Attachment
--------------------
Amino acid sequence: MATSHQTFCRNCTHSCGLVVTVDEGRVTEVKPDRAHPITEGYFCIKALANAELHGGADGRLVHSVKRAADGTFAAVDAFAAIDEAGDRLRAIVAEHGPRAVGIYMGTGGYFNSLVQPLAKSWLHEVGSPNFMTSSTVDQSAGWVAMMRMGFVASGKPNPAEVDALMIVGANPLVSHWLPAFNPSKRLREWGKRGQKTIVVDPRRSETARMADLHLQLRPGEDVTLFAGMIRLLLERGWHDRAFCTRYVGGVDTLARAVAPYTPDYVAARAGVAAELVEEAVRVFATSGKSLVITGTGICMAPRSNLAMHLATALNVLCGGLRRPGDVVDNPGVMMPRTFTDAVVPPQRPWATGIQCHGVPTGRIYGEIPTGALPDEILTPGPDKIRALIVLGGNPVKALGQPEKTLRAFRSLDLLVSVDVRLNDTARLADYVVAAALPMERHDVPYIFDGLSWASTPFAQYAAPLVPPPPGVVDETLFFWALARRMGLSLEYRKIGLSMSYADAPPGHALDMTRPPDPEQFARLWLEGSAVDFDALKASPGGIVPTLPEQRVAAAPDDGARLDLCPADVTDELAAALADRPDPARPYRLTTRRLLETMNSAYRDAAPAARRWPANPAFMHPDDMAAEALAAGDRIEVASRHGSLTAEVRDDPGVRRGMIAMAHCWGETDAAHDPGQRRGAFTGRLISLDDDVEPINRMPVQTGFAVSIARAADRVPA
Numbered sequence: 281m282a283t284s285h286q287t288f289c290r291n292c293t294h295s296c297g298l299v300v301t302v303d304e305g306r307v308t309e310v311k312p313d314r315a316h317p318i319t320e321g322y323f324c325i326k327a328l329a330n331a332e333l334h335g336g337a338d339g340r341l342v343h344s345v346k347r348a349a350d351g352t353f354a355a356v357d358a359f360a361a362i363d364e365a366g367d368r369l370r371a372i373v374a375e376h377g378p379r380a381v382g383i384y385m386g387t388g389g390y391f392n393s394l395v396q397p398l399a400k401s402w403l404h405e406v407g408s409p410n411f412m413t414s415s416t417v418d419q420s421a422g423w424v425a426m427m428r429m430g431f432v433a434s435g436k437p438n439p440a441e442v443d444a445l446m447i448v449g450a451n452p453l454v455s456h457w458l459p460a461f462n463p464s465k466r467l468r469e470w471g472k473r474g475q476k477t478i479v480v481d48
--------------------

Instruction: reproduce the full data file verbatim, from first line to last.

Amino acid sequence: MATSHQTFCRNCTHSCGLVVTVDEGRVTEVKPDRAHPITEGYFCIKALANAELHGGADGRLVHSVKRAADGTFAAVDAFAAIDEAGDRLRAIVAEHGPRAVGIYMGTGGYFNSLVQPLAKSWLHEVGSPNFMTSSTVDQSAGWVAMMRMGFVASGKPNPAEVDALMIVGANPLVSHWLPAFNPSKRLREWGKRGQKTIVVDPRRSETARMADLHLQLRPGEDVTLFAGMIRLLLERGWHDRAFCTRYVGGVDTLARAVAPYTPDYVAARAGVAAELVEEAVRVFATSGKSLVITGTGICMAPRSNLAMHLATALNVLCGGLRRPGDVVDNPGVMMPRTFTDAVVPPQRPWATGIQCHGVPTGRIYGEIPTGALPDEILTPGPDKIRALIVLGGNPVKALGQPEKTLRAFRSLDLLVSVDVRLNDTARLADYVVAAALPMERHDVPYIFDGLSWASTPFAQYAAPLVPPPPGVVDETLFFWALARRMGLSLEYRKIGLSMSYADAPPGHALDMTRPPDPEQFARLWLEGSAVDFDALKASPGGIVPTLPEQRVAAAPDDGARLDLCPADVTDELAAALADRPDPARPYRLTTRRLLETMNSAYRDAAPAARRWPANPAFMHPDDMAAEALAAGDRIEVASRHGSLTAEVRDDPGVRRGMIAMAHCWGETDAAHDPGQRRGAFTGRLISLDDDVEPINRMPVQTGFAVSIARAADRVPA
Numbered sequence: 281m282a283t284s285h286q287t288f289c290r291n292c293t294h295s296c297g298l299v300v301t302v303d304e305g306r307v308t309e310v311k312p313d314r315a316h317p318i319t320e321g322y323f324c325i326k327a328l329a330n331a332e333l334h335g336g337a338d339g340r341l342v343h344s345v346k347r348a349a350d351g352t353f354a355a356v357d358a359f360a361a362i363d364e365a366g367d368r369l370r371a372i373v374a375e376h377g378p379r380a381v382g383i384y385m386g387t388g389g390y391f392n393s394l395v396q397p398l399a400k401s402w403l404h405e406v407g408s409p410n411f412m413t414s415s416t417v418d419q420s421a422g423w424v425a426m427m428r429m430g431f432v433a434s435g436k437p438n439p440a441e442v443d444a445l446m447i448v449g450a451n452p453l454v455s456h457w458l459p460a461f462n463p464s465k466r467l468r469e470w471g472k473r474g475q476k477t478i479v480v481d48